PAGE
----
Two Row Journey: July 27–August 11, 2013
I hadn’t used the inkle loom ever before. Now I threaded it with white and purple. White and purple are the colors of the quahog shells, the colors of the beads made by Native Americans, and the colors of the original wampum belt. The three lines of white stood for Peace, Friendship, and Forever. One purple line represented the canoes of the Haudenosaunee (Iroquois, as they were named by the French) carrying all their laws, customs, and beliefs. The second purple line represented the boats of the new people from across the seas—the Europeans—with their laws, customs, and beliefs. The white and purple of the weaving told a story of equality as both boats traveled down the river of life together, side by side, into the future.
The Two Row Wampum Belt was created to commemorate the first treaty between the Haudenosaunee and the Dutch in about 1613, as the Dutch sailed up the Hudson River, known to the Haudenosaunee as The River that Flows Both Ways. To hear the Haudenosaunee tell it, they saw the new people come and realized that they were not going away. They held long discussions with their confederacy on how to learn how to live with their new neighbors. The Two Row Wampum Treaty was their plan. Each culture would be independent and equal, none would be dominant. They would call each other brothers. And the Haudenosaunee would teach the Europeans how to live in this new land with the animals, herbs, and plants that each group depended on for life.
The Haudenosaunee kept their part of the agreement. They have lived on the land of their ancestors, trying to keep their ways. The newcomers have not kept their side of the agreement. The Doctrine of Discovery, a papal bull created in the 1500s, told the Europeans that any land that was not inhabited by Christians was considered uninhabited and would be taken in the name of the ruler. This “Doctrine of Christian Discovery” led to the idea of Manifest Destiny that we all learned about in school. The Europeans felt it was their “destiny” to continue to push west on Turtle Island, as it was known by the Haudenosaunee, “discovering” and claiming all the lands they found. Many treaties were broken along the way.
The Onondaga and Neighbors of the Onondaga had worked for years to reach out and educate people in the Syracuse area about the string of broken treaties and the concerns of the Onondaga about the Rights of the Land. They decided to dedicate 2013, approximately 400 years after the first treaty, to a massive education and outreach campaign about the Two Row Wampum. This effort came to be known as the Two Row Wampum Renewal Campaign; a campaign to polish the covenant chain of treaties between the Haudenosaunee and the Europeans; to educate people about the importance of the treaties and the importance of Mother Earth in all of our lives; and to explore ways to honor both the treaties and the Earth.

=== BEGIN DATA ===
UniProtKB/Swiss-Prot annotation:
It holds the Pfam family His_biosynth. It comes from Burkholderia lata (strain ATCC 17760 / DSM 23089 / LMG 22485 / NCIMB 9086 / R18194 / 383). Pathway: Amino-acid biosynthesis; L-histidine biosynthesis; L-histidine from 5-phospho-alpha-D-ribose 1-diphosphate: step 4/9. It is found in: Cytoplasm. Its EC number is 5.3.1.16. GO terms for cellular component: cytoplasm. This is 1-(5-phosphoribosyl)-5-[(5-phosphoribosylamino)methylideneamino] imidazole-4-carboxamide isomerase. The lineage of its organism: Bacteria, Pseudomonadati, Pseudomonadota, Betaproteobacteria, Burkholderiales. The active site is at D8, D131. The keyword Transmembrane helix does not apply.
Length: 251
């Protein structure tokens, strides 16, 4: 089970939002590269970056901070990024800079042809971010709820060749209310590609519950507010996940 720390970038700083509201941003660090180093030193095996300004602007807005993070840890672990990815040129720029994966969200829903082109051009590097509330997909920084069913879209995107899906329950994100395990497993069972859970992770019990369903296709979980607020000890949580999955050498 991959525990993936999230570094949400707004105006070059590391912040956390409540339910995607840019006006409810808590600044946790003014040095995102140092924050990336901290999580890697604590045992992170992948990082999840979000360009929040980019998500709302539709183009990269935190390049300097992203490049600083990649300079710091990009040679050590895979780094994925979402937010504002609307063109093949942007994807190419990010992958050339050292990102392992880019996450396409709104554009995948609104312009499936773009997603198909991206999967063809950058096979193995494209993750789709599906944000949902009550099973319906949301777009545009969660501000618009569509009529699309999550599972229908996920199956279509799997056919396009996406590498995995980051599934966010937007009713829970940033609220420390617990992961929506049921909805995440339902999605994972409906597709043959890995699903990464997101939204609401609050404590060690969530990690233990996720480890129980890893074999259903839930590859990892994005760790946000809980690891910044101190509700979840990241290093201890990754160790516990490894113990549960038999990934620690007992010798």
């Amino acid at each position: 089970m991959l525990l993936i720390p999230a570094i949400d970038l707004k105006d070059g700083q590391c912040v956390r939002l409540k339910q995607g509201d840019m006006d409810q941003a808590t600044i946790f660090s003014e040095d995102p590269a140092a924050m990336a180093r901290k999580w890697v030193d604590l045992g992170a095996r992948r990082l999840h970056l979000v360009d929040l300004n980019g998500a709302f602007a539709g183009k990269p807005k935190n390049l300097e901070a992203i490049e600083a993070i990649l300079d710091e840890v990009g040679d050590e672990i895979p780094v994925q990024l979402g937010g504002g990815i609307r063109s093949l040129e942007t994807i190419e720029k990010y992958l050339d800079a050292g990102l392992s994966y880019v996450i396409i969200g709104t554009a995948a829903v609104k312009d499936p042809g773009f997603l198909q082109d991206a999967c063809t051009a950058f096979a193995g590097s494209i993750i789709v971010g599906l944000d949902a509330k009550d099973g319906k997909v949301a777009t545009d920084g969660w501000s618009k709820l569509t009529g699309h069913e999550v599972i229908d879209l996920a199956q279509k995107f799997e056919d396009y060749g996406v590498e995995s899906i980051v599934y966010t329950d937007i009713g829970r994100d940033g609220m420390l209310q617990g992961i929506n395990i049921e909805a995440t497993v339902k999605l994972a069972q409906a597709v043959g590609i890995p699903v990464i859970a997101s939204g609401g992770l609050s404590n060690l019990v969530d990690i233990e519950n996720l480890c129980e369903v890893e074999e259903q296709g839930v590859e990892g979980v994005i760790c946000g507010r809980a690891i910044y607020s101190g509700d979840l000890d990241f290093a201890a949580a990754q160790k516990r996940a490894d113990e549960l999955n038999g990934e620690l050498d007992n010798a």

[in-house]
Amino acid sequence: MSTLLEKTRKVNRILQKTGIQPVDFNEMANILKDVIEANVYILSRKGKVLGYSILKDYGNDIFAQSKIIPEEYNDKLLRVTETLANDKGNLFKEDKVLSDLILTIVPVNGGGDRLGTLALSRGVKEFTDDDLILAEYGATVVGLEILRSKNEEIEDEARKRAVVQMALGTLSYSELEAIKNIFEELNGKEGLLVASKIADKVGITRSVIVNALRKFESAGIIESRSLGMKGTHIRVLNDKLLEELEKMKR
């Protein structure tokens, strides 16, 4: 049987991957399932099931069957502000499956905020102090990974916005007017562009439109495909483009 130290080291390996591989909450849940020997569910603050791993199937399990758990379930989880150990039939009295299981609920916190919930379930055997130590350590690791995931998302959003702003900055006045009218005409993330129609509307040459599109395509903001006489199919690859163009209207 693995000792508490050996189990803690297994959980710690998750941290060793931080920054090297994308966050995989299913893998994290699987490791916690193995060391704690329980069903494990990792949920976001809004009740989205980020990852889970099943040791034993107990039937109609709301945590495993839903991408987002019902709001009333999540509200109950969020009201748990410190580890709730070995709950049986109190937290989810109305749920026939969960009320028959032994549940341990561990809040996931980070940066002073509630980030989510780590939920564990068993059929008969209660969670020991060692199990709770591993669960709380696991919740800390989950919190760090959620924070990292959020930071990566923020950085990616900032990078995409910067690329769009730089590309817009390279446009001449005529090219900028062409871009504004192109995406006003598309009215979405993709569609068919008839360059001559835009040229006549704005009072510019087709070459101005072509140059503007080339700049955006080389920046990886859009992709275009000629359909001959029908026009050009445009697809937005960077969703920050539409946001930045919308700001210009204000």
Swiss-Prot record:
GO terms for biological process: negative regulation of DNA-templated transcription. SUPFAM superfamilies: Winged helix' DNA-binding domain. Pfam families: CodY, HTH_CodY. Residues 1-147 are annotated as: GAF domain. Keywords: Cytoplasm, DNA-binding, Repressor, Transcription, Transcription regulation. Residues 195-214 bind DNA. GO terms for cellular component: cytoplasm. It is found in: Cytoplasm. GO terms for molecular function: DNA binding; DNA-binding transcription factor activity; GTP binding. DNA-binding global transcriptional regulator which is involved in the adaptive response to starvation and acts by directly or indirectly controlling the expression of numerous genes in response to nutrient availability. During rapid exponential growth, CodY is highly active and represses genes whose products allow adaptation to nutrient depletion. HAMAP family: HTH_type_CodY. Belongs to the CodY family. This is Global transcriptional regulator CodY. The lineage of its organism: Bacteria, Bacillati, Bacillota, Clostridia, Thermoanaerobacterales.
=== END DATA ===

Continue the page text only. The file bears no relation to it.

The centerpiece of this campaign was a symbolic enactment of the Two Row. A group of Native Americans and a group of allies canoed in two lines down the River that Flows Both Ways from Albany, NY to New York City. Together we covered 150 miles in 12 days, camping every night at a different site along the river. We were a nomadic community supported by teams which transported our gear and a traveling band of cooks, peacemakers, media professionals, and medics. who accompanied us the entire way.
Every day started with a reminder of our purpose, the “Words that Come Before All Else,” The Thanksgiving Prayer, sometimes in the language of the Haudenosaunee, sometimes in English, bringing our minds together in agreement on our responsibility to give thanks to the other nations of the world; the waters, trees, animals, the sun, the moon, and more. This is one of the important issues for the Two Row, the responsibility we have to the Rights of the Land. This involves how we live, how we think, how we consume, and how we fulfill our responsibilities by giving thanks.
Often, in the morning or in the evening, we would be reminded of The Good Mind. How the Peacemaker who came to this area 1,000 years ago, teaching that a healthy mind seeks peace and harbors good will for others, brought the various warring nations to live together in peace and become the Five Nations (later six with the acceptance of the Tuscarora). Since all is for the good of the community, each person’s actions and thoughts affect the community. That hit me hard. Yes my actions are usually good and for the good of all, but my thoughts? Have my thoughts been wandering into negativity? Have they been affecting those around me? I saw the potential impact of that possibility. I see where I have work to do.
We were met by chiefs of local nations that we paddled through. We arrived in New York City and we were met by a delegation, including the Dutch vice consul. We marched to the UN and sat in the celebration of the International Day of the World’s Indigenous Peoples in the UN chambers and were commended by the Secretary General of the UN. I am told we brought life to the UN and to that proceeding.
I didn’t want the Two Row journey to end. I don’t want it to end. I want to go on and on in that community, continuing down the River of Life side by side in our canoes and kayaks, in Peace and Friendship Forever.
So I sat at the loom and began to weave. I was weaving bracelets for the Two Row—more than 400 of them, in white and purple. If I did it right, each bracelet would be imbued with my hopes and dreams for the wearer of the bracelet: that they would dedicate their lives to living in the Way of the Two Row, Honor the Treaties, and Protect the Earth.
To learn more about the Two Row Wampum
Renewal Campaign, please visit the Two Row site at http://honorthetworow.org/.